September 2021 Bookish Resolutions Wrap-up

September has been a better month for me. It’s not been so tumultuous, and I am enjoying the peace I am experiencing. I know though that I have several important decisions to make, but in the meantime, I am going to savour the peace.

Read 24 books this year for the Mount TBR 2021 challenge.

“The Giblin Guide to Writing Children’s Books” by James Cross Giblin

Though the latest reprint of this book is 2005, I was using it in a course as recently as 2017. I only skimmed it back then, but took the plunge this month to read it as a book study. Read more about it on my Mount TBR 2021 post.

“Braiding Sweetgrass” by Robin Wall Kimmerer

Read more about this book below.

Read 12 nature related books this year to enhance my horticultural therapy study.

“Escape to Reality” by Mark Cullen with Ben Cullen

You may have seen him on TV or heard him on the radio, but have you read any of Canada’s most famous and loved horticultural expert’s books? In this collection of short essays, Cullen (with the occasional piping in of his son) writes about everything from the value of a gardener’s work to how to think like a plant.

Consider this:

“Experience tells us, according to <Peter> Ladner, that local food reduces our dependency on oil. A Canadian study on ‘food miles’ estimated that sourcing fifty-eight food items locally or regionally rather than globally could reduce greenhouse gas emissions by about fifty thousand tonnes annually. That is the equivalent of removing almost seventeen thousand vehicles from the road.”

“Braiding Sweetgrass” by Robin Wall Kimmerer

This is hands down one of the best books I have ever read in my life! My book club partner and I took our time over it, savouring it over several weeks. 

There are just too many fantastic learnings to mention here, so I will leave you with this video about “the honourable harvest”.

Read 12 books that are either memoir, poetry, or soul books.

None

Work on my writing 15 minutes a day.

I haven’t been writing every day.

Read related literature to my writing.

Not done.

Analyze two creative nonfiction essays per month. These are the two that I analyzed:

“Why I resigned from my tenured position teaching climate science in college” by Heather Short

Why I like this:

-it’s a timely piece, and it mentions several things I have been thinking about lately

-it’s an expert’s point of view

-it’s a mixture of facts and opinion

Favourite quote:

‘Teaching this to an 18 year old is like telling them that they have cancer, then ushering them out the door, saying “sorry, good luck with that.”’

“On Sept. 30, I hope people will do more than just take the day off” by Andrea Johns

Why I like this:

-it’s written from the perspective of a Mohawk woman

-it’s another timely piece, written as a reflection on the National Day for Truth and Reconciliation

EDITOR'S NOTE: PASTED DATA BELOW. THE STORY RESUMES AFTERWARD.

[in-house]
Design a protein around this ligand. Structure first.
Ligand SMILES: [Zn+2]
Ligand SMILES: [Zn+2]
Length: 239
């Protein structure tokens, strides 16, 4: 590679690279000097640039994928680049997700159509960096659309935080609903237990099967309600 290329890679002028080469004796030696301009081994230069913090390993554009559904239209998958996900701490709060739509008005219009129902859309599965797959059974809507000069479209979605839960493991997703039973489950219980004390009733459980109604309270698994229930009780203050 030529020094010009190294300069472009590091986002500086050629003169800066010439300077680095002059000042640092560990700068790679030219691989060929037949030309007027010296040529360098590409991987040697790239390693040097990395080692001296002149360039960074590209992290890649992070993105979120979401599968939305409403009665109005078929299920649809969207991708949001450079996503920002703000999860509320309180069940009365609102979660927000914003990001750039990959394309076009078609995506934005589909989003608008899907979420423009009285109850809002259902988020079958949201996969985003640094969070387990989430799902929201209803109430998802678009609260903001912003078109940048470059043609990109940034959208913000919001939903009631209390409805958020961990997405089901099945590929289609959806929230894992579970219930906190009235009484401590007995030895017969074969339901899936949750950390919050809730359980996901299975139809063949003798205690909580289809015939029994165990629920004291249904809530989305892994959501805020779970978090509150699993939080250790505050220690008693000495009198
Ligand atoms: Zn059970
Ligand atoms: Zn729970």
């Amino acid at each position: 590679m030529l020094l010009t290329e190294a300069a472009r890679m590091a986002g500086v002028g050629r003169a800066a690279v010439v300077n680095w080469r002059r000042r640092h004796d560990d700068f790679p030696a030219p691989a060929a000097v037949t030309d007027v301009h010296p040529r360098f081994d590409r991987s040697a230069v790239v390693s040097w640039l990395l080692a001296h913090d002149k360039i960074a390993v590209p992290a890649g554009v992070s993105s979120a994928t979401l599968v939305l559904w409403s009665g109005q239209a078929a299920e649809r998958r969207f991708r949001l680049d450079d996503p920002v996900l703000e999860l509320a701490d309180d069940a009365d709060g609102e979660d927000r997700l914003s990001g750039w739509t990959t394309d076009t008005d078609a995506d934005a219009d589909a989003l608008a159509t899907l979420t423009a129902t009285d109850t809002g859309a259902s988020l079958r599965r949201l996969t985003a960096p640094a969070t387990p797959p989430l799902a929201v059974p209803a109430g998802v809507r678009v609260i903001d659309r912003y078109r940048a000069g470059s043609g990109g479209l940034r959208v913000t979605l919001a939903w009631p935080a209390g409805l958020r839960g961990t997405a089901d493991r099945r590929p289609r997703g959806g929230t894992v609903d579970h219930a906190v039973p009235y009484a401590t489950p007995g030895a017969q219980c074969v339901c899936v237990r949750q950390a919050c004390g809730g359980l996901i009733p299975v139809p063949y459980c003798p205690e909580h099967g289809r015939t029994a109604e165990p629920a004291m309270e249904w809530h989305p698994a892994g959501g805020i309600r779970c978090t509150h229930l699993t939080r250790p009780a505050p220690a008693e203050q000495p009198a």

-it offers solutions

Favourite quotes:

“It’s great to, again, have a holiday that recognizes the legacy of the residential school system. But there’s a lot of things that are tied to the residential school system: socio-economic issues and missing and murdered Indigenous women and land and economic inequalities.”

and

“I hope that people won’t just take the day off, like they would treat it like any other holiday, going to your cottage on potentially unceded Indigenous territories or spending the time not engaging with … the history of residential schools.”

Analyze what I like about two picture books per month.

“Woodland Dreams” by Karen Jameson; illustrated by Marc Boutavant

What I like about this book:

-every creature gets a unique, descriptive name: Big Paws, Velvet Nose

-repetition: every refrain starts with “Come Home…”

-sparse and poetic text is a delight on the tongue

-unique rhymes, e.g., schemer/dreamer

“Butterflies are Pretty Gross” by Rosemary Mosco; illustrated by Jacob Souva

-breaks the fourth wall

-very humorous (I’ll never think of breakfast in the same way)

-plenty of tongue pleasing alliteration (deliciously disgusting, pretty peculiar)

-fascinating facts presented in an interesting way, e.g. read about the sneaky Alcon Blue caterpillar

Special shoutout about the “little senses” series, written for those who are very sensitive, e.g., those on the autism spectrum. I read “It Was Supposed to Be Sunny” by Samantha Cotterhill. A girl adapts to not having her birthday party work out exactly as she wants to with the gentle help of her mother.

Submit one story to a contest per season.

I placed eighth in the first round of the latest NYC Midnight contest, which gives me 8 points. Yay! I submitted my second story. This time I got mystery, which I have never written before, but it was fun writing outside of my comfort zone.

Attend one writing webinar per month. (flexible)

Suzanne Simard on her book “Finding the Mother Tree”. (Guelph Arboretum)

Work on one lesson of a writing course per month. (flexible)

Not done

Attend a writing group session per week. (flexible)

I did this.

Blog at least twice a month.

Not done

Weekly treasure:

One of my local blue jays

Challenges:

HaikuforTwo:

I wrote three.

100 day challenge:

Read two chapters of a book a day. 

I didn’t do this, but I intend to get back to it, as there are two library books I wish to complete.

How was your month?

Shoe’s Seeds & Stories

@Copyright 2021 Linda Schueler

2 thoughts on “September 2021 Bookish Resolutions Wrap-up

  1. bevbaird

    You accomplished quite a bit. I agree with you about Braiding Sweetgrass. So much wisdom in that book. The article on Sept. 30 was excellent. Will check out the pbs.

    Reply

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